Addressing the Housing Needs of British Columbians

B.C. residents say that affordable housing is the top election issue according to several polls.  All three major political parties have said that they have plans to increase the supply of affordable homes. Also, stakeholder groups like the BC Rental Housing Coalition, The Greater Vancouver Board of Trade and, an amalgamation of construction and housing industry associations, all have advanced plans for the delivery of affordable housing supply. These range from creative solutions like community land trusts to measures targeting the “missing middle”, a term applied to housing form. LandlordBC collaborated in varying degrees in the development of all three of these stakeholder plans.  The fact is we need innovation across the housing continuum and each one of these plans has merit and warrant serious consideration by the major provincial political parties.

While we can all agree that the solution to the current predicament is to increase supply, it is really the “right supply” that is most important. In the federal budget of March 22nd, we saw that the Liberals will increase funding to support the most vulnerable families with more than $11 billion being allocated toward social and affordable housing projects. The Liberal government in British Columbia had similarly provided very generous funding aimed at this area of significant need. And the impending National Housing Strategy is expected to provide additional supports to this demographic. This combination of programming and funding is great news and will allow us to now focus on supply for other demographics with particular attention on middle class workers and their families.

The fact is many of our kids can’t find suitable housing, and it’s not like they haven’t prepared themselves.  They have a degree or two or a Red Seal Certificate and are making a decent income.  Without the support of families to buy their own home, these kids need access to affordable market purpose-built rental housing.

Most of British Columbia’s purpose-built rental stock was built between 1960 and 1980. As a result, many buildings are now approaching the end of their useful life and are falling into disrepair. If we are to meet the rental housing supply requirements for today and tomorrow, the number of homes available in the private rental housing sector must increase significantly.  This will often require the thoughtful and responsible redevelopment of existing purpose-built rental properties with new purpose-built rental housing given the lack of developable land in many communities across the province.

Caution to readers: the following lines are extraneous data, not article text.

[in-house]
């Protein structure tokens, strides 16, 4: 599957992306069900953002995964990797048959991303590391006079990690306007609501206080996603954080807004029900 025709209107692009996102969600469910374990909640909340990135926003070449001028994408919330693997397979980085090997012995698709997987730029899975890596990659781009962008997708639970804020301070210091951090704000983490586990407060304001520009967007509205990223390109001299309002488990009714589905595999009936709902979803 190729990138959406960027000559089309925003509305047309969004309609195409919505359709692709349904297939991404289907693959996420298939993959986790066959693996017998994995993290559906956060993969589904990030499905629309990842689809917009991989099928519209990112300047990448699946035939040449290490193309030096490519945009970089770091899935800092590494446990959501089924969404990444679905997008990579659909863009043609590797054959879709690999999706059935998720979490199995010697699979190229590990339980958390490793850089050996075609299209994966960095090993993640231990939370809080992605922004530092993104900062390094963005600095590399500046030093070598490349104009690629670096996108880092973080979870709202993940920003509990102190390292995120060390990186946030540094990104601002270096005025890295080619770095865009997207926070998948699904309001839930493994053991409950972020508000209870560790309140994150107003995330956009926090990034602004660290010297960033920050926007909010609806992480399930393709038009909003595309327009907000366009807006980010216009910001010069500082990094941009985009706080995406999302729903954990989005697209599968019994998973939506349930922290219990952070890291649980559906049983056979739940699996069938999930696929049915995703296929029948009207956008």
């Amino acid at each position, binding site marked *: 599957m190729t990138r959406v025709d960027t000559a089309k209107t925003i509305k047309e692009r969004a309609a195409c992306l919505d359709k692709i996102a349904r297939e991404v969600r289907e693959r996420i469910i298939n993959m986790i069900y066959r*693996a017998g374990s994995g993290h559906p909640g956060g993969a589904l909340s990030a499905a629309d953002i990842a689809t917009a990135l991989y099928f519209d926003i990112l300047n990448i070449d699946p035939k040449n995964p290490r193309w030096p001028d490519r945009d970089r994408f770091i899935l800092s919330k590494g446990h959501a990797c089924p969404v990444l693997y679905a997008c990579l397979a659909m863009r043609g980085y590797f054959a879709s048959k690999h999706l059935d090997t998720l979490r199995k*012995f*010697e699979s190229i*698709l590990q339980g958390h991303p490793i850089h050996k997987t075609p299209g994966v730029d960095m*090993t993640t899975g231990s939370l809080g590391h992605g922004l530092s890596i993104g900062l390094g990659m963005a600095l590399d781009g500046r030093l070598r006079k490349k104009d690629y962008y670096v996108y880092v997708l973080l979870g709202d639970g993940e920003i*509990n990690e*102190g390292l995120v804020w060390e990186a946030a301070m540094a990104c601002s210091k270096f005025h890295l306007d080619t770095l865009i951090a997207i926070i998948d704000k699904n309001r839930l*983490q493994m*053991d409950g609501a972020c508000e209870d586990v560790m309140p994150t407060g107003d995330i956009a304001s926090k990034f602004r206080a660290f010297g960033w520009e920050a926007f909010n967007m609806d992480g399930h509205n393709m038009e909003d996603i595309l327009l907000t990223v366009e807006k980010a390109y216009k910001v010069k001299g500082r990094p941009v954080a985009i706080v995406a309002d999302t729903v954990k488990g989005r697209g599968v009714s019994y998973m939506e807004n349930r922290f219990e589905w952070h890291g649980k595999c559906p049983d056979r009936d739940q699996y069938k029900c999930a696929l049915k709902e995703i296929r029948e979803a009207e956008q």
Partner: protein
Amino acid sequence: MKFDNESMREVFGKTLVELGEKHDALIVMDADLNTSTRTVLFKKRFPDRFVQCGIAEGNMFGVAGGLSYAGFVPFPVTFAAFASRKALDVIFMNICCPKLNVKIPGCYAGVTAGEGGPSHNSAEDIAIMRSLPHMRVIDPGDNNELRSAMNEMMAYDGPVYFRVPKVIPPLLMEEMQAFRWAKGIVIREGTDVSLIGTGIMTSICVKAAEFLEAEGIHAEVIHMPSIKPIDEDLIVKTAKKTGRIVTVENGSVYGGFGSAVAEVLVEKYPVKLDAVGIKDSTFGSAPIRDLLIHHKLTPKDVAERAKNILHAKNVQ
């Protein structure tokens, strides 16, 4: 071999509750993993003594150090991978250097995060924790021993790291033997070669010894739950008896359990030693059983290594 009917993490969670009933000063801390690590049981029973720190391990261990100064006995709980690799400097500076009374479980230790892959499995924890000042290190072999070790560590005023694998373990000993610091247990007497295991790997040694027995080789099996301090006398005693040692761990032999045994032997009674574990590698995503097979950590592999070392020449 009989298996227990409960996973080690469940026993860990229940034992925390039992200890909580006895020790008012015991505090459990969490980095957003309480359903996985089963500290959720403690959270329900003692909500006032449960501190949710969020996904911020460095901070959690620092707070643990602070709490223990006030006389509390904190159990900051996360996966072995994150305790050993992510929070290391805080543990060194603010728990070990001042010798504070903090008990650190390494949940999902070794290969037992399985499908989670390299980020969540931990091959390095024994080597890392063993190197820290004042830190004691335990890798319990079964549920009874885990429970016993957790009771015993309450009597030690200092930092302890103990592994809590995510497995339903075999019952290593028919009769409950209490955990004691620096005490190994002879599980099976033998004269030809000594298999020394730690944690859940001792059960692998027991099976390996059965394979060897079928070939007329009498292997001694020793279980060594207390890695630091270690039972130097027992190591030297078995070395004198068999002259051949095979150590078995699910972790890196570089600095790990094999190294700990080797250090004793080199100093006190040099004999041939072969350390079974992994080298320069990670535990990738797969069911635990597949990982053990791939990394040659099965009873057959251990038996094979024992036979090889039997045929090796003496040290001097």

Even though we are seeing more purpose-built rental housing being built today, the vast majority of new multi-unit residential housing continues to be condos, and that’s because barriers have favoured the construction of condos over purpose-built rental for decades.

Chief among those barriers is the issue of risk mitigation. The developer of a condo can pre-sell part or all of a project to individual buyers at any price she chooses before putting a shovel into the ground.  Financial viability for the purpose-built rental developer is much more tenuous. As long as this imbalance of risk and reward continues to present itself, developers will continue to choose to build condos over purpose-built rental housing as we still see today.

We ask instead that the political party that forms government on May 9th immediately remove this impediment to building new market purpose-built rental supply and provide other considerations to achieve the scale of development needed. In my mind, building more purpose-built rental is the single element that will improve the low vacancy rate over time. Demand and population growth to live in key areas of BC are likely not going to change drastically, so adding to the purpose-built rental supply is the best solution.

David Hutniak,